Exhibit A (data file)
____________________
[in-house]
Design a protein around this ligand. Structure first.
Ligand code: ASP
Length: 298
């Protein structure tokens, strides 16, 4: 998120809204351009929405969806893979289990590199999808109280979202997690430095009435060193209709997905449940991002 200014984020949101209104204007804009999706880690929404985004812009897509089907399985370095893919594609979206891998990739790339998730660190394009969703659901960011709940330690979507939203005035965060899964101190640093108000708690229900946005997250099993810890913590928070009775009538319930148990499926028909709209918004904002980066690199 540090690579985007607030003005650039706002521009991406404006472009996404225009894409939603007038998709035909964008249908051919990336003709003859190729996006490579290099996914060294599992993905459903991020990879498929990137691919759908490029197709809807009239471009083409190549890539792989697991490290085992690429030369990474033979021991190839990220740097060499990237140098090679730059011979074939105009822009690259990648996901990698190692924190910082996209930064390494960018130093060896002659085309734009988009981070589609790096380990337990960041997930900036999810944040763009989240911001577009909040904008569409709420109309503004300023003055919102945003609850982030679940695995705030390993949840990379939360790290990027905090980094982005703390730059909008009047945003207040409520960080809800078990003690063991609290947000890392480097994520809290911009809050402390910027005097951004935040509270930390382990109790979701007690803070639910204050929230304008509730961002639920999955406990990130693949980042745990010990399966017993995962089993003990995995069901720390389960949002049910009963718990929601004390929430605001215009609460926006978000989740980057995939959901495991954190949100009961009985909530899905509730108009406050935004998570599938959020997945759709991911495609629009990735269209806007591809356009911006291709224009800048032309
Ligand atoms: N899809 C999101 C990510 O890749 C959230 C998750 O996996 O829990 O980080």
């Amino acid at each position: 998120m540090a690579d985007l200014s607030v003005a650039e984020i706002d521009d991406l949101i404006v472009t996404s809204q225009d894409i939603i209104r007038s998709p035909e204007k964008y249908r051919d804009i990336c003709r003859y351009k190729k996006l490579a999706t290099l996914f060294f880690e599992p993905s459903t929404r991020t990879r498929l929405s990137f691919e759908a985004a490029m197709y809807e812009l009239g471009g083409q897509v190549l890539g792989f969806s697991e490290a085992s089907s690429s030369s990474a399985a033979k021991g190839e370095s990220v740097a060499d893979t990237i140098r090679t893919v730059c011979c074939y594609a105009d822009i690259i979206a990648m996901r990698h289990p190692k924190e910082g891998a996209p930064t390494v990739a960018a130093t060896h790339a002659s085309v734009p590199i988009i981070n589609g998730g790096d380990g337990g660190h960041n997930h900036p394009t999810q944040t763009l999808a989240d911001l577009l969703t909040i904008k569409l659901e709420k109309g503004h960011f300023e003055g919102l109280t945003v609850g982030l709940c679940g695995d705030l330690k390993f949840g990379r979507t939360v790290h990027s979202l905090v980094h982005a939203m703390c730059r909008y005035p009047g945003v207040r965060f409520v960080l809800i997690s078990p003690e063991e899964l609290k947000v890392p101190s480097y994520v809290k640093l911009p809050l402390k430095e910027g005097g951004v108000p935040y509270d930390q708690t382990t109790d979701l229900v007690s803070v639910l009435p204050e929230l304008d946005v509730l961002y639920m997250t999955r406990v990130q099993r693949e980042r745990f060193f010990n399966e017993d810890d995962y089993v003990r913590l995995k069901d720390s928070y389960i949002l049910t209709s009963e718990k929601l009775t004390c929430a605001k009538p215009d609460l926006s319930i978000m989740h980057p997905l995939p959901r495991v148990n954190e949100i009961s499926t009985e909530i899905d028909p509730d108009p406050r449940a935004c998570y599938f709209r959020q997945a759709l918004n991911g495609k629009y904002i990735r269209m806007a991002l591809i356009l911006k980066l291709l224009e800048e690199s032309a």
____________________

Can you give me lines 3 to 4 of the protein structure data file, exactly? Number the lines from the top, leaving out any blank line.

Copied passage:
Ligand code: ASP
Length: 298